In California, Abstracts of Judgment are one of judgment creditors’ most effective judgment enforcement tools. This entry discusses certain issues regarding Abstracts of Judgment.
In general, a properly recorded Abstract of Judgment attaches to all real property interests of the judgment debtor in the county where the lien is recorded. CCP § 697.340(a). However, the judgment lien usually does not attach to the following interests of the debtor:
With respect to homestead exemptions, a judgment lien does not extend to the amount of the debtor’s homestead exemption if the debtor previously recorded a Declaration of Homestead, but the judgment lien does attach to any excess above the amount of the homestead exemption plus all senior liens against the property. See CCP § 704.950(c).
Regarding community property assets, an Abstract of Judgment attaches to the interests of both spouses in community real property. See CCP §§ 695.020, 697.310.
Regarding property held in joint tenancy, an Abstract of Judgment reaches only the debtor’s interest in real property held in joint tenancy, and the judgment lien does not automatically sever the joint tenancy. This means that, if the debtor joint tenant dies before the other joint tenant, the surviving joint tenant takes the property free and clear of the judgment lien. Dang v. Smith (2010) 190 Cal.App.4th 646, 659-660.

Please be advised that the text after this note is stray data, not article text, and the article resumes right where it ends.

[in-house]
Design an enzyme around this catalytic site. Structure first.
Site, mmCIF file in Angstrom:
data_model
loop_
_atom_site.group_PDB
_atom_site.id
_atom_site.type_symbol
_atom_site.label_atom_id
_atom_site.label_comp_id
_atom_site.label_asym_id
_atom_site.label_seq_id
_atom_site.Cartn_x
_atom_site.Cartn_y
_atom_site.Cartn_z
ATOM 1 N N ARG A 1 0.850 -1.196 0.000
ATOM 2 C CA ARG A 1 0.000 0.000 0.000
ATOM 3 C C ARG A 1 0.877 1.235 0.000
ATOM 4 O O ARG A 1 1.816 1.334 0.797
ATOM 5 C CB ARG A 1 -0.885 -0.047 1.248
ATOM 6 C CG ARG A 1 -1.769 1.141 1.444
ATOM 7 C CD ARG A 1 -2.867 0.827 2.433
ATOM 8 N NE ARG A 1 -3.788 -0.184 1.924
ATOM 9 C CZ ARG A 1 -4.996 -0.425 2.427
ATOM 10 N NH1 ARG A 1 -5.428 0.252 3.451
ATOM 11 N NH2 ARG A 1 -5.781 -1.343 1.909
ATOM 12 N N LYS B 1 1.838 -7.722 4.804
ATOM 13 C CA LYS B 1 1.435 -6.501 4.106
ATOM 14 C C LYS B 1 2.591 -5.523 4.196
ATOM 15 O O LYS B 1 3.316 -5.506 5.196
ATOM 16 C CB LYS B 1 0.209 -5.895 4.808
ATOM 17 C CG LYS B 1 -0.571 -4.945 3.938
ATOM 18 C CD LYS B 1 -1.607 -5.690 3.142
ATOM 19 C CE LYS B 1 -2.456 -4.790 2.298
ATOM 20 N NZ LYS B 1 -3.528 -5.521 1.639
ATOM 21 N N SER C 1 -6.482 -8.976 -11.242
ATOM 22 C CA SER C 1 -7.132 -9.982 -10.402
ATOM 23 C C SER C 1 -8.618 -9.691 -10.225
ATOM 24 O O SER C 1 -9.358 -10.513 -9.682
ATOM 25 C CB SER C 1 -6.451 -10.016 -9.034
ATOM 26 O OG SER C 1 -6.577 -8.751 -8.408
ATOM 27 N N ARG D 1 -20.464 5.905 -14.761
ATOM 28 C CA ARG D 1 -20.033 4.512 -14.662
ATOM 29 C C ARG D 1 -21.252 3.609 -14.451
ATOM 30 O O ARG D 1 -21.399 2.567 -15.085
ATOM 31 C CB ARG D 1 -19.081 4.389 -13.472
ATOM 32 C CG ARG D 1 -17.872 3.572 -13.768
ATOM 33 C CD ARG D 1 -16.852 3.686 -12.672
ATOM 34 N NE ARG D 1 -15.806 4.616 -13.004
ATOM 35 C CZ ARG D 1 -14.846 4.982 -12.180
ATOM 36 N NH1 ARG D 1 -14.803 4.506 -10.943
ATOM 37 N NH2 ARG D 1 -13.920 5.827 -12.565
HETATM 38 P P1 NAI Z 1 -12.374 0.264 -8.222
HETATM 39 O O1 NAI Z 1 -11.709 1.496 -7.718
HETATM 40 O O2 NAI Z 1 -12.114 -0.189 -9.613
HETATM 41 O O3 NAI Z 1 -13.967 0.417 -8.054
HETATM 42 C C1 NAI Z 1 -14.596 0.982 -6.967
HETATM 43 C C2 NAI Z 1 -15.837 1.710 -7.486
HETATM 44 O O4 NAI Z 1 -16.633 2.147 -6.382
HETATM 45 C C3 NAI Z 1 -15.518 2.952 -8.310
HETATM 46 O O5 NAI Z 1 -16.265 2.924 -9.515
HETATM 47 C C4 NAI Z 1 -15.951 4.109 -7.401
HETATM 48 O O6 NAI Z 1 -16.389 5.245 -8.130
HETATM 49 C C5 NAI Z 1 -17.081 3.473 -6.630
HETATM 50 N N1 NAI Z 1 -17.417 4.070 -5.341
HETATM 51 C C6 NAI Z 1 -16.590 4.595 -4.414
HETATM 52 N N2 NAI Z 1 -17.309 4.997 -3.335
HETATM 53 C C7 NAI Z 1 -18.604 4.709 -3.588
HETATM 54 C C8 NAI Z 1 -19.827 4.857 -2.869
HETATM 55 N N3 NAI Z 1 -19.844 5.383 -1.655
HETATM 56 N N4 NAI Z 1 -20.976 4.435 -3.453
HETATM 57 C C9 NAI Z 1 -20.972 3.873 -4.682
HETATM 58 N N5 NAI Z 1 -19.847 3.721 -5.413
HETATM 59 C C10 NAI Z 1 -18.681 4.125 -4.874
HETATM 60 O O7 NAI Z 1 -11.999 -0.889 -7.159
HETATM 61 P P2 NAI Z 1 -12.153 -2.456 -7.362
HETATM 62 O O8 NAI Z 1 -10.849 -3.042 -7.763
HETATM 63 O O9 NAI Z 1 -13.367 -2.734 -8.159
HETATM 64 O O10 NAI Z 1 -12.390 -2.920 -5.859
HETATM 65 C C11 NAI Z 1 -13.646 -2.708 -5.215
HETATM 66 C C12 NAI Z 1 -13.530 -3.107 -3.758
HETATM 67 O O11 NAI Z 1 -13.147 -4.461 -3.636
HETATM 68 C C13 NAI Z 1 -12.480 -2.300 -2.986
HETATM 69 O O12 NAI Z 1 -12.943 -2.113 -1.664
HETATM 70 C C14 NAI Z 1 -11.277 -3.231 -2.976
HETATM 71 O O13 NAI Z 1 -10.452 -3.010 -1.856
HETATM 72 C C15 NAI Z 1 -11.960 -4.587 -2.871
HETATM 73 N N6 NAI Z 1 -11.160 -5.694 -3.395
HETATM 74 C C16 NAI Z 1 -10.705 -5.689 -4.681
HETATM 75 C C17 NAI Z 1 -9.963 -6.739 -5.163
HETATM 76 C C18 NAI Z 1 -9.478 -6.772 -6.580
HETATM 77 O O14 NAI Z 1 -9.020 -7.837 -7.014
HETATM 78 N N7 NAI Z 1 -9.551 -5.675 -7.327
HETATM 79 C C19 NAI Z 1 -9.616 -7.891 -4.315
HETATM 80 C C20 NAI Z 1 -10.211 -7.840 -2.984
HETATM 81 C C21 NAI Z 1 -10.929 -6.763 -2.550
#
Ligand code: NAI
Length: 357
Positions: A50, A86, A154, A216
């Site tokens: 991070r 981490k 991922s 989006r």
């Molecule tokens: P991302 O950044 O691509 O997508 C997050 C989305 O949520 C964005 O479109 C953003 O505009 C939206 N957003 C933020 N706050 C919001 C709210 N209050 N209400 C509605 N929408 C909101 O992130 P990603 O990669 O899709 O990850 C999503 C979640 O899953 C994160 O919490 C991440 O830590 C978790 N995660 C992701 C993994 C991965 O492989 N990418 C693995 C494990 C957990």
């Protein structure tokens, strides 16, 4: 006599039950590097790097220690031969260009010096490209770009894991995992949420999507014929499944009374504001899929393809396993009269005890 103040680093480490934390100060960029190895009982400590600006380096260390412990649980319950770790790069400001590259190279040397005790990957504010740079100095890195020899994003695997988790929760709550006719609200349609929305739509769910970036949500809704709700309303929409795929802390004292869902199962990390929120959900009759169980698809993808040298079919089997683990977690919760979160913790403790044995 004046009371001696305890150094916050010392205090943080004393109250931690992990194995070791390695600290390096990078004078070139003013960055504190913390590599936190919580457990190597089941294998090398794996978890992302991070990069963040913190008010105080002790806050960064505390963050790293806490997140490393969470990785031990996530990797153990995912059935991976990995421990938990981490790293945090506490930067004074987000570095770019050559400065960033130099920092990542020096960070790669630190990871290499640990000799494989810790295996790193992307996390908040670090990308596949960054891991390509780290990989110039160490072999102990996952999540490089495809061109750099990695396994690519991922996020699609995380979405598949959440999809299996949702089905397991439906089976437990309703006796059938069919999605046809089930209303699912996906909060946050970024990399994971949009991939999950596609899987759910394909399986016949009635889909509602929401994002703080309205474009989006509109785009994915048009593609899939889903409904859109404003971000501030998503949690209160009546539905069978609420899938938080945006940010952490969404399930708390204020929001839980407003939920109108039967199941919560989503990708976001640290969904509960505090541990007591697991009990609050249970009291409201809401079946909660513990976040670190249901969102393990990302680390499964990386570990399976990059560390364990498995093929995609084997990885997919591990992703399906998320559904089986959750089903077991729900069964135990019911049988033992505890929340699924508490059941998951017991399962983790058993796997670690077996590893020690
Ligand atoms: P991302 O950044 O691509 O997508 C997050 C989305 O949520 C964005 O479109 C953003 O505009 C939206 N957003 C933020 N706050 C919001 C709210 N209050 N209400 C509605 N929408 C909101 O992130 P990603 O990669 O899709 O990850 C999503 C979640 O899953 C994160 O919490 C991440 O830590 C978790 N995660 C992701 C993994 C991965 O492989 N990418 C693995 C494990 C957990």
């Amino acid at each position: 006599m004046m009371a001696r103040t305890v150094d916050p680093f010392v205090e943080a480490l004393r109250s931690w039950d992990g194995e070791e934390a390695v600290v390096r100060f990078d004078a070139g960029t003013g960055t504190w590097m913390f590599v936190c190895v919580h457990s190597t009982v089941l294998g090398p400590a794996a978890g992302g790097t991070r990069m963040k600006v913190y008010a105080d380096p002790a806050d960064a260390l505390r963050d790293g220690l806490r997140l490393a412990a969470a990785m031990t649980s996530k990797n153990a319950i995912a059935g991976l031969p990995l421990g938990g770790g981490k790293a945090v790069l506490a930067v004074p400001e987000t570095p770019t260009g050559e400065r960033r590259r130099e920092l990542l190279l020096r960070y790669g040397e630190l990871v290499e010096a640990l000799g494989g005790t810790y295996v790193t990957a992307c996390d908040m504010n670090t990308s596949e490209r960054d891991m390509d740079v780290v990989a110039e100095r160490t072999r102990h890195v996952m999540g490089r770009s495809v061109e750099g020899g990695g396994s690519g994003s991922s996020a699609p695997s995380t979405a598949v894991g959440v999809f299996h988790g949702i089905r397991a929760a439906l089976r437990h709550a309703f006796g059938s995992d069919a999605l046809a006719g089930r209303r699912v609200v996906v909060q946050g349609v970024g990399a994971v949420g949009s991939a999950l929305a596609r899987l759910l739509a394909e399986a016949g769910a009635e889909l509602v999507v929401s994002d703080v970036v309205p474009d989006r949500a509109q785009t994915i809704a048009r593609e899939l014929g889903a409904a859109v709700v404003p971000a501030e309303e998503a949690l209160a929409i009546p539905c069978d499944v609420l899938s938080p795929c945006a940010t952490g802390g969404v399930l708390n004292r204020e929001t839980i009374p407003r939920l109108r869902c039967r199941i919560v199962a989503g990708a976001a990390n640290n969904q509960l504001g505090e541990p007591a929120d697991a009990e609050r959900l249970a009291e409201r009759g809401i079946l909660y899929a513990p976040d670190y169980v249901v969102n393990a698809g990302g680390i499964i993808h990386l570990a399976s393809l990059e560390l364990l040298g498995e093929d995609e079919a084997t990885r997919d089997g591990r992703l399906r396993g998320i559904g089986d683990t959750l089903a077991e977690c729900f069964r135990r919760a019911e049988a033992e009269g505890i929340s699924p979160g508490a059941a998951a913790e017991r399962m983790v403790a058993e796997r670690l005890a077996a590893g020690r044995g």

Regarding fraudulently transferred property, a fraudulent transfer of property may be ignored by the judgment creditor and the property may be levied upon directly. See Civ.C. § 3439.07. Often times, a judgment lien reaches the interest of a judgment debtor in property that has been fraudulently transferred, even if the Abstract of Judgment was recorded after the fraudulent transfer. However, this typically does not apply when the property has been transferred to a bona fide purchaser without knowledge of the Abstract of Judgment.